Journeys: From Corporate to Bakery Entrepreneur: The Alan Goodman Story | Athletic

In 2019, Alan Goodman won the Rev-Up MKE pitch competition. (Photo by Ana Martinez-Ortiz)

“Journeys” is a new feature that examines the career paths of our community entrepreneurs. Do you know someone we should introduce? Please send your suggestions to [email protected]

A few years ago, Alan Goodman attended a barbecue at a friend’s house. He brought bread pudding – one of his specialties – for dessert.

Dr. Bruce Hamilton, the host of the party and his friend, took him aside during.

“You should sell that,” Goodman recalled, having told her Hamilton. At the time, Goodman was working in the corporate world, but Hamilton’s words and seeing the other guests enjoying his dessert inspired Goodman to do just that.

In October 2018, Goodman launched his business, A Goodman’s Desserts, which offers cookies, bread pudding, cakes, and other baked goods.

From punishment to reward

“My approach is to break something and rebuild it,” says Alan Goodman. “I want to be able to change something on the fly.” (Photo courtesy of Alan Goodman)

Goodman’s first foray into the baking world began when his parents caught him playing basketball instead of studying at the library. As punishment, Goodman cooked and baked alongside her mother.

“After I started doing it, I liked it and became the family baker,” he said.

Before starting his own business, Goodman researched what it would take to be an entrepreneur and spoke with other entrepreneurs.

“Milwaukee’s entrepreneurial community, especially the young African-American community, has been inspirational,” he said.

He thought about how his business skills could help him as an entrepreneur, what he could produce at scale, and the needs of the market. In doing so, Goodman landed on cookies — because they’re easier to wrap and store — and bread pudding, which is also easy to store and an uncommon dessert in the Midwest.

Goodman sold shares he had for his seed capital. He then got in touch with Caitlin Cullen, the former owner of Tandem, about using the restaurant’s commercial kitchen.

He walked into the restaurant as a customer, Cullen said, and one day he brought his bread pudding and asked if he could bake his pastries here. The answer was yes.

Goodman is a nice, cool guy, Cullen said, he brings his humanity to his business with his honesty and vulnerability.

“He was always someone I always loved,” she said. “To see him continuously succeed is really great.”

Elmer Moore, executive director of Scale Up Milwaukee, an initiative that works with and supports local entrepreneurs, met Goodman a few years ago after joining the Kappa Alpha Psi Fraternity Milwaukee alumni chapter. Goodman also participated in Scale Up’s SPARC growth training program.

Goodman was as much a resource to his peers in the SPARC program as he was a student, Moore said, adding that Goodman’s interest and desire to keep learning is important to everyone, but especially entrepreneurs.

“What I love and admire about him are also the things that make him a good businessman,” Moore said, noting that he’s unquestionably thoughtful, focused on serving people and that he pays attention to detail.

“Be agile-minded”

Treats from A Goodman’s Desserts were served at Fiserv Forum during the NBA playoffs and finals after Goodman hooked up with Milwaukee Bucks owner Peter Feigin. (Photo courtesy of Alan Goodman)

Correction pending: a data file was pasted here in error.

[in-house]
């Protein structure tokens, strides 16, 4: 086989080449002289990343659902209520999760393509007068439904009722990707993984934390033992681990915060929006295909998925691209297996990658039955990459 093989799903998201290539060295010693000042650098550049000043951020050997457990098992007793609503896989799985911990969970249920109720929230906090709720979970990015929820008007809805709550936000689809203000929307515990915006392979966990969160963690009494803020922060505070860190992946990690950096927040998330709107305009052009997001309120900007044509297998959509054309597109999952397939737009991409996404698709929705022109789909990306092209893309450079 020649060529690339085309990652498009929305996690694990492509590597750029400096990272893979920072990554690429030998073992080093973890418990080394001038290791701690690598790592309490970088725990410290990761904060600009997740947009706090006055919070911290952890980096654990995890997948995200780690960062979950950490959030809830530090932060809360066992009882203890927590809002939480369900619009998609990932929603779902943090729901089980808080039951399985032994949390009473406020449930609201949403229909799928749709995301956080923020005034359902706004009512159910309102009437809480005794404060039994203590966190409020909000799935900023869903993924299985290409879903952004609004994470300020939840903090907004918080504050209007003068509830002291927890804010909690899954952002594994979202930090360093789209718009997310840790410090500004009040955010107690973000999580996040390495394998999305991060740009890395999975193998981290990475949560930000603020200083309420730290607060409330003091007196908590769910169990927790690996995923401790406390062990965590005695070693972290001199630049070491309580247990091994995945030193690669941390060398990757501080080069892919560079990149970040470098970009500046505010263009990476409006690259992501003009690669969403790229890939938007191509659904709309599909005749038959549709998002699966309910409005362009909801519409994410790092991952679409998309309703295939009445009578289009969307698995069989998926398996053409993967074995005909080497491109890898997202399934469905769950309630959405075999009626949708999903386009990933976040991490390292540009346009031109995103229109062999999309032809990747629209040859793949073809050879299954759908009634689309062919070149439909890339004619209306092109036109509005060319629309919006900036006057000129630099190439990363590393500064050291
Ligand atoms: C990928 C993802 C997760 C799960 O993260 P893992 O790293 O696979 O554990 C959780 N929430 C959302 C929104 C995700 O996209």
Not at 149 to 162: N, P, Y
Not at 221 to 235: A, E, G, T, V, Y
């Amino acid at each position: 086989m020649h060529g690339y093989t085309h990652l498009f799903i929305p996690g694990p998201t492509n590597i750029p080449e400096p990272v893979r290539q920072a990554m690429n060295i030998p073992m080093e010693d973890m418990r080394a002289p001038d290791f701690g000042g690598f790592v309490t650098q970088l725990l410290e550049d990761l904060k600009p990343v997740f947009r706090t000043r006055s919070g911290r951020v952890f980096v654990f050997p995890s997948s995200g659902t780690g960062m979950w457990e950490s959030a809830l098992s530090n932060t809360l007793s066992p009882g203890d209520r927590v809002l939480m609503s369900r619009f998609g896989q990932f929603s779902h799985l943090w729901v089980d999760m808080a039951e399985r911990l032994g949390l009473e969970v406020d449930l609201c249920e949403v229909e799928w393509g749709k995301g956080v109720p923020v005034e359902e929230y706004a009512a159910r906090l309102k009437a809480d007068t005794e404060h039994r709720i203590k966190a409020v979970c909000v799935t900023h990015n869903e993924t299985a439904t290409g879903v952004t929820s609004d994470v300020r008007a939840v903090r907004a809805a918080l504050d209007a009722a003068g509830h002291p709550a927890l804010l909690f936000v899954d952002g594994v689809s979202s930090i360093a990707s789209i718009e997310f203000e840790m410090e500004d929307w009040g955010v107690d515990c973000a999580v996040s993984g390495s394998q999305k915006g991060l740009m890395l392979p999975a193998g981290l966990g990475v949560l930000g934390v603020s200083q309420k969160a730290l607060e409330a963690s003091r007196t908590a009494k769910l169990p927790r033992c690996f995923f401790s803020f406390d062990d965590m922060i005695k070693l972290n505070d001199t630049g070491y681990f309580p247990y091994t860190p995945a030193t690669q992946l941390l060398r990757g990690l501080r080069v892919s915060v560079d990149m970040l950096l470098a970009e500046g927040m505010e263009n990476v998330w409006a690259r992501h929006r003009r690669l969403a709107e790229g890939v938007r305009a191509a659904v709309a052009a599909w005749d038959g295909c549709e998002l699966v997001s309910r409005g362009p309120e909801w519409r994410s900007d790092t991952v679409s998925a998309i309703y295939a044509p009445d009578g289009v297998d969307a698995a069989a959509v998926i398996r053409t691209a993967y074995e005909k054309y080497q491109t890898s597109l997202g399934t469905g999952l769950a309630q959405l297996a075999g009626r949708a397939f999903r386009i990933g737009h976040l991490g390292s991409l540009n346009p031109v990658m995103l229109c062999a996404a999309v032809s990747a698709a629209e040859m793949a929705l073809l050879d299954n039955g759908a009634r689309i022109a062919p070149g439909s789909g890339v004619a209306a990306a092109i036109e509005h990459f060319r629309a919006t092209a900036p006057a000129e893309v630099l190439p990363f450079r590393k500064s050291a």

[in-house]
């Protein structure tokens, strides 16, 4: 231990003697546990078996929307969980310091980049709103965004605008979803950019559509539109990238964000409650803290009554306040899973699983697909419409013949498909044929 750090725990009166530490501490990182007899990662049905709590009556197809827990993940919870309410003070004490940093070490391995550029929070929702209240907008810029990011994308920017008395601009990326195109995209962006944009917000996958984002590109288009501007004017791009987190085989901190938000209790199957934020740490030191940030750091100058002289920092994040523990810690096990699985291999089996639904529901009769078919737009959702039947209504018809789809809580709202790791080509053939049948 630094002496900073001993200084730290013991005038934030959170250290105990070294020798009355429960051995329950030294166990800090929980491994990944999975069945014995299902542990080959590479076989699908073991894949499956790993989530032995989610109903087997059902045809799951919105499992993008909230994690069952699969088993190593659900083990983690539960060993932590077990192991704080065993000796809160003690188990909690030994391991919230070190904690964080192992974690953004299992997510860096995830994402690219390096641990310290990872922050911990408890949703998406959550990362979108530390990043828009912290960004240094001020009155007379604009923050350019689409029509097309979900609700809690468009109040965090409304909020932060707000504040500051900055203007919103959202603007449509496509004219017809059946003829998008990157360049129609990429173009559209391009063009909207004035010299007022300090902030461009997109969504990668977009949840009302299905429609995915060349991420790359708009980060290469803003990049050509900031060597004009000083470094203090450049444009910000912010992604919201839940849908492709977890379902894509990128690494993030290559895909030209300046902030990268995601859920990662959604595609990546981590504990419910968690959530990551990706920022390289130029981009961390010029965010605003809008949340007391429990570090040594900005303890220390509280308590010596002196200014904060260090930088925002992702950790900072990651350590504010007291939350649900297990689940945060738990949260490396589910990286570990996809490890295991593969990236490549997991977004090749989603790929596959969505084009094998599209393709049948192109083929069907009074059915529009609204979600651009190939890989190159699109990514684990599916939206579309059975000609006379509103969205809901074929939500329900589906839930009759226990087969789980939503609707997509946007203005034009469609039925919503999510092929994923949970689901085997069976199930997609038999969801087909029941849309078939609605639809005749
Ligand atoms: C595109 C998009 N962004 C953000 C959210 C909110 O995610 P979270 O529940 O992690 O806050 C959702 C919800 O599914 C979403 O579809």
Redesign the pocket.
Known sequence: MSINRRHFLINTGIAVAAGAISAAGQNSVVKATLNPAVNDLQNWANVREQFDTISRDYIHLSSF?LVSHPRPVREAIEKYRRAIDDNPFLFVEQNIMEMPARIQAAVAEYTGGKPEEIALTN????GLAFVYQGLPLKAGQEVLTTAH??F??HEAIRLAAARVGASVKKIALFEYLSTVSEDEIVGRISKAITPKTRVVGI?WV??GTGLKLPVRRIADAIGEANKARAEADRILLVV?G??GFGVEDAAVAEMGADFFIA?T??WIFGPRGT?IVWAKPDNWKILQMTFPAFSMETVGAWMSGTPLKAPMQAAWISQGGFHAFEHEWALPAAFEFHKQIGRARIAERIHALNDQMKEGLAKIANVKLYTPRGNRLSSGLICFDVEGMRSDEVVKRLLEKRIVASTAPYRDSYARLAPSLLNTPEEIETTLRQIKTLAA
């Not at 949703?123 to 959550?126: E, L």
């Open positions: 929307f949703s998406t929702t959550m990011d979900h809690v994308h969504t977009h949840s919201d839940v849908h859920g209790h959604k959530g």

Goodman learned early on to decide what he wanted to do and what he didn’t want to do. For example, most bakers aspire to be bricks and mortar, but Goodman decided that wasn’t for him.

“My approach is to break something and rebuild it,” he said. “I want to be able to change something on the fly.”

Entrepreneurs have to do what’s best for them, Goodman said, and their choices don’t always follow the general pattern.

“It’s about being nimble-minded and not getting stuck in one direction,” he said. “You are capable of change. You are the captain of the ship; you want a 360° view of your business.

In addition to his company, Goodman is an instructor in quality engineering and technology at Milwaukee Area Technical College, and he plans to start a series of webinars. It makes sense to have multiple sources of income, he said.

“Your business is you”

His advice to other budding entrepreneurs is to learn how to pitch.

“Your business is you,” he said. “Being able to communicate effectively is important.”

His second piece of advice is not to compare your business to the success of others. Success looks different for everyone, he said, and every business model is different. For some it’s a side business, for others it’s their main business, and for others it’s their retirement plan.

Goodman’s success is partly due to his connections.

“Relationships are based on how you treat people,” Goodman said. “And I was always raised to treat people well.”

Doors that may not be open to him directly are open to others who can vouch for him, he said. As such, it’s important to him that his businesses give back.

“You should want to do this because people helped you,” he said. “It is important for a company to give back. Whatever you choose, be sincere.

Another key to her success is her confidence to make big decisions with her business. That’s why he applied for and won local and national competitions such as Rev-Up MKE; met Daymond John of “Shark Tank”; and connected with Peter Feigen, the president of the Milwaukee Bucks and Fiserv Forum.

Goodman’s conversation with Feigen led to serving A Goodman’s Desserts at the Fiserv Forum during NBA playoffs and Finals.

“Step out of my comfort zone with my business is probably the thing I’m most proud of,” Goodman said. “The worst anyone can say is ‘no’, and that’s fine. But that won’t happen if you don’t ask.

In case you missed it: As a teenager, he was forced to bake. Now it’s his passion (and his job).